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TxDOT Banking On "Don't Mess With Texas" to Provide More Cash

The cash-strapped Texas Department of Transportation is hoping to partner with a vendor to launch a new line of merchandise that takes advantage of the company's intellectual property — most notably, "Don't Mess With Texas."

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The Texas Department of Transportation has long been protective of its beloved anti-littering slogan, "Don't Mess With Texas." Since debuting the now-iconic phrase in 1986, agency officials have regularly pursued legal action to block unauthorized use of the phrase on everything from billboards to belt buckles.

But the cash-strapped agency is now hoping to launch a line of state-sanctioned "Don't Mess With Texas" merchandise and sell the items online and in dozens of state-run safety rest areas and travel information centers. TxDOT already collects licensing fees on the sale of some products using its trademarks.

“Currently, we have a limited licensing program and hope to expand in the coming year,” TxDOT spokeswoman Veronica Beyer said.

TxDOT recently published a request for companies to offer proposals on overseeing a new “promotional product and merchandising program.” The request details the agency’s interest in finding a vendor to potentially manage a broad array of new merchandise featuring TxDOT’s trademarks, including “Don’t Mess With Texas.”

“This is another way for us to generate revenue,” Beyer said. “We're trying to find a vendor that will get us retail-ready because we're not retailers.”

Possible products mentioned in the request include clothing, jewelry, boots, games, kitchen items and a “financial institution affinity card program.” The products should generally convey the state in a positive light, according to the request.

Under the initial proposal, TxDOT would grant a company permission to produce and sell products featuring its trademarks, with the state agency taking a cut of the sales revenue.

Until recently, TxDOT was largely restricted by federal regulations from selling merchandise in state-run rest areas that are on interstate highways, according to state records. A provision in a transportation spending bill that Congress passed last year allows for states to begin selling a limited set of items at the facilities.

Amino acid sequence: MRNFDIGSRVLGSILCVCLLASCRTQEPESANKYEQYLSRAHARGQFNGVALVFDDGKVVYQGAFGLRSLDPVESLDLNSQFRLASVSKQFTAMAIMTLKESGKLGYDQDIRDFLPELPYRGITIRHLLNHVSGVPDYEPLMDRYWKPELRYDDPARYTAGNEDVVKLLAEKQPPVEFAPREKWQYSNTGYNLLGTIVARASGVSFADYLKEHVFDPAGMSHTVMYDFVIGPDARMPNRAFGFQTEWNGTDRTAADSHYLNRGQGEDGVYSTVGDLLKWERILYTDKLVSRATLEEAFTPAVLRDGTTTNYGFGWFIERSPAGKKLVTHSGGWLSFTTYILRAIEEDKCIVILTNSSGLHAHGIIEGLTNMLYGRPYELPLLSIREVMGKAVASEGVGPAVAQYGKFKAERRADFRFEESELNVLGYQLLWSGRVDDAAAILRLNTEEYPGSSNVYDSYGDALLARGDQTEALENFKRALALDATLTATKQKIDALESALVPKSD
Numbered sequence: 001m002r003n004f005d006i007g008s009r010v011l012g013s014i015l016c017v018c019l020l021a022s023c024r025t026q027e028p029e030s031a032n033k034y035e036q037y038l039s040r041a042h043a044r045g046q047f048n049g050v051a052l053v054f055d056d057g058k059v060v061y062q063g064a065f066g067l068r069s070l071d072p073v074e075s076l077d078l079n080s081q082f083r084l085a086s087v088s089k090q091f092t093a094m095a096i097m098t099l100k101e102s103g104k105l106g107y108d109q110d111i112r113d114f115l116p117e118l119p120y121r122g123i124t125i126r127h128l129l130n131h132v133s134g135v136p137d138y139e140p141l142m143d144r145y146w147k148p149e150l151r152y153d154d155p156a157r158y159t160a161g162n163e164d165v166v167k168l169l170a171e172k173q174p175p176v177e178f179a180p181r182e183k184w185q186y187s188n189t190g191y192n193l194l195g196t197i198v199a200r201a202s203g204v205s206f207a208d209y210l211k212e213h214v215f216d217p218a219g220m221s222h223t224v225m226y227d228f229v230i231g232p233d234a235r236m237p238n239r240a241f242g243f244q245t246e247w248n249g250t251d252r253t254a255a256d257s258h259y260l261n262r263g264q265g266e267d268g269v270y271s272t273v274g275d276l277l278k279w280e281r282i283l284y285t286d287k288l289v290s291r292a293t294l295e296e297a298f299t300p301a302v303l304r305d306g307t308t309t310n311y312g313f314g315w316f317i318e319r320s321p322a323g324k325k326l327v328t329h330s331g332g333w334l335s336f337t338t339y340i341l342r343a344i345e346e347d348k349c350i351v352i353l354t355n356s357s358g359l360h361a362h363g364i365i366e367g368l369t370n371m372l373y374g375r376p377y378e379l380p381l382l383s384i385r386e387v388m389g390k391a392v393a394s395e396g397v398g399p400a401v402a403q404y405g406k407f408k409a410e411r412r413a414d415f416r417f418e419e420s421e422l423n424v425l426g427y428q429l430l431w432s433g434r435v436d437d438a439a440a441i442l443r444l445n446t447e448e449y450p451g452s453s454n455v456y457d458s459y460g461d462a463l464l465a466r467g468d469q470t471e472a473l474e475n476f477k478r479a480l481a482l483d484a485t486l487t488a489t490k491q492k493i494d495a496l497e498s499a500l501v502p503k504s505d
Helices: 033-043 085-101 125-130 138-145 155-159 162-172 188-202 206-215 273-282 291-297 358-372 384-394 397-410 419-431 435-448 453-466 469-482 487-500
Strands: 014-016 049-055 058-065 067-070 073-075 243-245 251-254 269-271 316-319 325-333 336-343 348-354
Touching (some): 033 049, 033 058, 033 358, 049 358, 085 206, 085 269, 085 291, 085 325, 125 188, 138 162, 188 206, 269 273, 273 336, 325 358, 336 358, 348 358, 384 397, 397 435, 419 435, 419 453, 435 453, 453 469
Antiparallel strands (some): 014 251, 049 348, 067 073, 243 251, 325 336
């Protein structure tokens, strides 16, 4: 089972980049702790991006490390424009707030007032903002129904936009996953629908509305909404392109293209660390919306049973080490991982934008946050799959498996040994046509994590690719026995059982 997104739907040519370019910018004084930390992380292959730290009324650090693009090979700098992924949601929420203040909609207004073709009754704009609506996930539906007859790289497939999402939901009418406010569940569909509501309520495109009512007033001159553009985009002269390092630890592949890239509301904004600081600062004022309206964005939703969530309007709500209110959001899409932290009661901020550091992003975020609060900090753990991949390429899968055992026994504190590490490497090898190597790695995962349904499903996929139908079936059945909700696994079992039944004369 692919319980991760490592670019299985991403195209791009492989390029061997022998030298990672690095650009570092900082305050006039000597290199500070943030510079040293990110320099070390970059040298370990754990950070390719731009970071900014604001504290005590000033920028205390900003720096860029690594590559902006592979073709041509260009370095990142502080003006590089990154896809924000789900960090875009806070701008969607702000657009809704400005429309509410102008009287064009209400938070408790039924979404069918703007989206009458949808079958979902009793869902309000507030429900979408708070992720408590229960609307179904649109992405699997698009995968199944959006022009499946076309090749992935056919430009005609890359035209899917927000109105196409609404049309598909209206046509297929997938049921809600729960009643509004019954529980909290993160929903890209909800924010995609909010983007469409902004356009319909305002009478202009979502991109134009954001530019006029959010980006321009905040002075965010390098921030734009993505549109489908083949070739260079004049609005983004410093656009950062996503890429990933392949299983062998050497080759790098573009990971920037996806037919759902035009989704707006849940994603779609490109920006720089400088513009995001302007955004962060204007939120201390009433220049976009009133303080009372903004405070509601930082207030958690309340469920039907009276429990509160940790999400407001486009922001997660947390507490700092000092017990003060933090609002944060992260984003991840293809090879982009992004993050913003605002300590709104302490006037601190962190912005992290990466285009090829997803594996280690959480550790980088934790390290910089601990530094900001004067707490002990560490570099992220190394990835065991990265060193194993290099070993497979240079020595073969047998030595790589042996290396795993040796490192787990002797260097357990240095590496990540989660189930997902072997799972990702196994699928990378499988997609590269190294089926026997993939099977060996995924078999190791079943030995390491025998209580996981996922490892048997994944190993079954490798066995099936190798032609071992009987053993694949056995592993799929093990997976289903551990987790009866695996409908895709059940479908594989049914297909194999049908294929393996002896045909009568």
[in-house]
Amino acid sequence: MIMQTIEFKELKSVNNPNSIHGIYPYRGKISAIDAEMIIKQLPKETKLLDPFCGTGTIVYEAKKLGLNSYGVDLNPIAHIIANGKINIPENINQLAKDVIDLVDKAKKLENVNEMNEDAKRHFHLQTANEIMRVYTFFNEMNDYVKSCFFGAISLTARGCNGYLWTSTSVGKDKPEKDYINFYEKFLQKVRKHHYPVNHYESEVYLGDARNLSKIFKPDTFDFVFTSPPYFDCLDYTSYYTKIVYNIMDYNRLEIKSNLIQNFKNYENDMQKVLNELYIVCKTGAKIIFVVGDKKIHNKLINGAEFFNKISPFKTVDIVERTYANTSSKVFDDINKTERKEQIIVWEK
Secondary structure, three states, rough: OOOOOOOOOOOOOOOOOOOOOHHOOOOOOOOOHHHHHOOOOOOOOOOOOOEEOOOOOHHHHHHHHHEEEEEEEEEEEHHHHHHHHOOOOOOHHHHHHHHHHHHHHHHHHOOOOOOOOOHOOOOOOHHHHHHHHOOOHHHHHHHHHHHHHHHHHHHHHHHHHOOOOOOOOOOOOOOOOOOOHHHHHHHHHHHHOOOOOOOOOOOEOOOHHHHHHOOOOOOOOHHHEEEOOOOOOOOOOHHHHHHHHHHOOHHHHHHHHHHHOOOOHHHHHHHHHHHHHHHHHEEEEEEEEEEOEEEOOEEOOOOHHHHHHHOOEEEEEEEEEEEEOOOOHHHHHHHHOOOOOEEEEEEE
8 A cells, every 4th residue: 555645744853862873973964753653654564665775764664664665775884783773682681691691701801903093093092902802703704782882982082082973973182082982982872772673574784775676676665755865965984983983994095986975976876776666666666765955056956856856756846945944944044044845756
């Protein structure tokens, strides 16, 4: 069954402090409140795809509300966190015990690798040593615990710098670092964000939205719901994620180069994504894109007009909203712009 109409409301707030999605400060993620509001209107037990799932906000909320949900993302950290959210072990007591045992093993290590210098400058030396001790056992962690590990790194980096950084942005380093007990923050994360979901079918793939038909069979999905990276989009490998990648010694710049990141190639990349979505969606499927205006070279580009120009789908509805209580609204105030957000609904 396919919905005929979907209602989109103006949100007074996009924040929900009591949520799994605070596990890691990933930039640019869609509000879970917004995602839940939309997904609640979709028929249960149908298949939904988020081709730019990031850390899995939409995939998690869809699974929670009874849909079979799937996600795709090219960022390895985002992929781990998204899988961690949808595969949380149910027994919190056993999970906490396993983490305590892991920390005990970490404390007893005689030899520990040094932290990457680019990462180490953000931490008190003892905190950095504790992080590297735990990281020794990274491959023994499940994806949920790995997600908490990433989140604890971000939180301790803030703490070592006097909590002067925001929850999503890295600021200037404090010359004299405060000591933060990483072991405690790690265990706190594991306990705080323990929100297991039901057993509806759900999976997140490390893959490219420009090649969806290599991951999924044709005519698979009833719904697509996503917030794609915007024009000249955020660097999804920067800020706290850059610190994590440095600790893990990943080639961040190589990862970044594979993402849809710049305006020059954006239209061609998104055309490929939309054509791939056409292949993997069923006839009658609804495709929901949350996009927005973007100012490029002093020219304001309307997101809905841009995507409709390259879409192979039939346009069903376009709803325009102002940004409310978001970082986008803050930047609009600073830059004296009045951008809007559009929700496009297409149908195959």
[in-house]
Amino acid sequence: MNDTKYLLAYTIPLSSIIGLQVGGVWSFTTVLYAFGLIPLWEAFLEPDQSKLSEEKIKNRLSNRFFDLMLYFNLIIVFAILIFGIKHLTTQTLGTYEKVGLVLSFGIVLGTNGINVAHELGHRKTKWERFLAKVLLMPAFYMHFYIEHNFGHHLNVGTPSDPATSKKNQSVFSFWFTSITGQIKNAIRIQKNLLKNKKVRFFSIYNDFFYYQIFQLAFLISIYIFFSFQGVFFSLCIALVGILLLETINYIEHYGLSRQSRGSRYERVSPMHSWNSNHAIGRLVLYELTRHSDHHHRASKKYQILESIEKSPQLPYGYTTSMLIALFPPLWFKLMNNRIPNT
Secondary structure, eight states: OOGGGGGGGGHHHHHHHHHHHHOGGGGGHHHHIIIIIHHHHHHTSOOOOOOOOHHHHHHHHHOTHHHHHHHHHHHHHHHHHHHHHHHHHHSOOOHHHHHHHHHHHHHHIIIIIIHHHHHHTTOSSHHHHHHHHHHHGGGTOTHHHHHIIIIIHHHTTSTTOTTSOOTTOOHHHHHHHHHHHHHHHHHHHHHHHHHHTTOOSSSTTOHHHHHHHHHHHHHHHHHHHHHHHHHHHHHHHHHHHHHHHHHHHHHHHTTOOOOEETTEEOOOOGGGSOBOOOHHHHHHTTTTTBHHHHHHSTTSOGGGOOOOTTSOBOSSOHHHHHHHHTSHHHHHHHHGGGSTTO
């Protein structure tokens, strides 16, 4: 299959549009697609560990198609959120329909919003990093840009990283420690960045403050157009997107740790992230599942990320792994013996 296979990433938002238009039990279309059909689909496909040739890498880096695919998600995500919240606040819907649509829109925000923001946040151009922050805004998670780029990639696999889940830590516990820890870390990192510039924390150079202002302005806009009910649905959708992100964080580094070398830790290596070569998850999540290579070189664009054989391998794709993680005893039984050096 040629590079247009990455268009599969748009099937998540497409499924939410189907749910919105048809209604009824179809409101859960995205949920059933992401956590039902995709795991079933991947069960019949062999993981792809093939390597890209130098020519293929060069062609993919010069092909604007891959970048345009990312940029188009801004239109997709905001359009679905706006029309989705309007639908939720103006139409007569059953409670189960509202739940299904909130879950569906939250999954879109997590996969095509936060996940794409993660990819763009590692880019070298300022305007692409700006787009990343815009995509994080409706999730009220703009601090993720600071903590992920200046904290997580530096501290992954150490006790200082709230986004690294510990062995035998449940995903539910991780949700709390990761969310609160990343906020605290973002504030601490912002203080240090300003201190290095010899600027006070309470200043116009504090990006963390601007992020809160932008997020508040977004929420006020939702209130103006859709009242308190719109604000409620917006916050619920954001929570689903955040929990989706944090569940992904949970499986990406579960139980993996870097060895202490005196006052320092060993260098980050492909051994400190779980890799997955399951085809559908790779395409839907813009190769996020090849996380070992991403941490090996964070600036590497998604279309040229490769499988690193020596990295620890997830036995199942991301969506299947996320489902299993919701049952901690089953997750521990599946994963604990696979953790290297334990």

Since launching the “Don’t Mess With Texas” anti-litter campaign with a commercial featuring Stevie Ray Vaughan during the 1986 Cotton Bowl, the slogan has taken on a life of it own. It has gained traction around the world as the state's unofficial motto. It has also become a staple of many politicians' campaign speeches. Since 2000, state transportation officials have contacted more than 100 entities about the unauthorized use of the phrase, according to The New York Times.

In April, TxDOT rebooted its anti-litter campaign with a marketing push and newly designed “Don’t Mess with Texas” trash barrels.

TxDOT has struggled for years to maintain and expand its network of highways to keep up with the state’s population growth. Recently, it has faced criticism for converting some rural roads to gravel and proposing that it give up responsibility for certain roads in the state’s largest cites.

During this year’s regular legislative session, lawmakers approved a budget for TxDOT that was several billions of dollars below what agency officials had said they needed to maintain current congestion. In a special session in August, lawmakers approved a measure to divert some oil and gas production tax revenue currently earmarked for the Rainy Day Fund to the state highway fund. If voters approve a related constitutional amendment proposition in 2014, the plan is expected to raise $1.2 billion annually in additional revenue for TxDOT.

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Transportation Texas Department Of Transportation